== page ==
Britain’rime minister, Theresa May, appealed to the EU leaders at the EU Summit for concessions to help her receive the support in Westminster next month for an Article 50 deal that can facilitate the UK exit from the European Union.
Arriving at a Brussels Summit May said she was not expecting an immediate breakthrough but wanted help to get a Brexit deal she agreed with the EU27 last month ratified in London, where many in her Conservative Party who claim the concessions made are unacceptable on long term, trapping the country into endless limbo.
May urged the EU leaders to work with her to “change the perception” of the controversial Irish border “backstop” plan.
Dutch Prime Minister Mark Rutte said the “backstop’ concerning the Irish border is not negotiable red line of the Article 50 deal. If it is applied it should be applied for a shortest possible period, however the EU would refuse the expiration date.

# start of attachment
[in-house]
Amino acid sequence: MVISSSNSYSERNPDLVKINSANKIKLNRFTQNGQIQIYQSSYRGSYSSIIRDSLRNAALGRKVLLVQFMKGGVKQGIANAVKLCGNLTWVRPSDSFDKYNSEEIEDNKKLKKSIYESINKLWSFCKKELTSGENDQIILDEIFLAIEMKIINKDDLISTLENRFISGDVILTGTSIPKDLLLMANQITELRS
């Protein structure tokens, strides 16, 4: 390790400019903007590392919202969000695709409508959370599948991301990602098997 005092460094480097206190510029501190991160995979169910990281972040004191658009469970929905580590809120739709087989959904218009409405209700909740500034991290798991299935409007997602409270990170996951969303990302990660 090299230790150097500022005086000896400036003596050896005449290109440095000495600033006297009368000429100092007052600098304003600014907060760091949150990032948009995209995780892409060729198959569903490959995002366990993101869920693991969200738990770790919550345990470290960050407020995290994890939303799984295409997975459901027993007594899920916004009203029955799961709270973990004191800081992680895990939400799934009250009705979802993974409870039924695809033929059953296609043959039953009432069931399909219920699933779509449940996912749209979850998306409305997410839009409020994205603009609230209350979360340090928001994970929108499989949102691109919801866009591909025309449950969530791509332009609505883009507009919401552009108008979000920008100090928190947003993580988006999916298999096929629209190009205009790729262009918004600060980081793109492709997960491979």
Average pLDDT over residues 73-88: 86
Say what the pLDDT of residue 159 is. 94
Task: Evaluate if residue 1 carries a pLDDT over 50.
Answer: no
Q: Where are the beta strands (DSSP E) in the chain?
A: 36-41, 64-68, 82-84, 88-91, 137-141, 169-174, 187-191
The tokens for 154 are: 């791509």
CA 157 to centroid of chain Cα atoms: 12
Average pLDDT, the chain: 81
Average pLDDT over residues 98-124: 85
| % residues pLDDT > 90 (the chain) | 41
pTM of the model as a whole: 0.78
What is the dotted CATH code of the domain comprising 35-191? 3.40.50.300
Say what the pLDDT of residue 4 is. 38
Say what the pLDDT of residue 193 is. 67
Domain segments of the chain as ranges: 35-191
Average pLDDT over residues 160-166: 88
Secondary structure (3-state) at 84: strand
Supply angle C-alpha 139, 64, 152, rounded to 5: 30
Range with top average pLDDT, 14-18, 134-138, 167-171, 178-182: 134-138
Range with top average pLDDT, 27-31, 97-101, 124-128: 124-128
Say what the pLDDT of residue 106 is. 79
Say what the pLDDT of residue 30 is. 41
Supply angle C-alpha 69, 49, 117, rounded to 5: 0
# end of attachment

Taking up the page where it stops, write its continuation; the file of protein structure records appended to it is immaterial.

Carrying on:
In aftermath of the confidence vote May promised to listen to concerns of those members of her party who oppose negotiated by her government deal. The “backstop” remains an apple of discord and puts the entire deal ratification at risk.
In case House of Commons votes down the deal, the UK ‘hard’ Brexit under WTO rules becomes inevitable.
Apart of her doorstep remarks at arrival, German Chancellor Angela Merkel did not give a press conference after the first day of the EU Summit.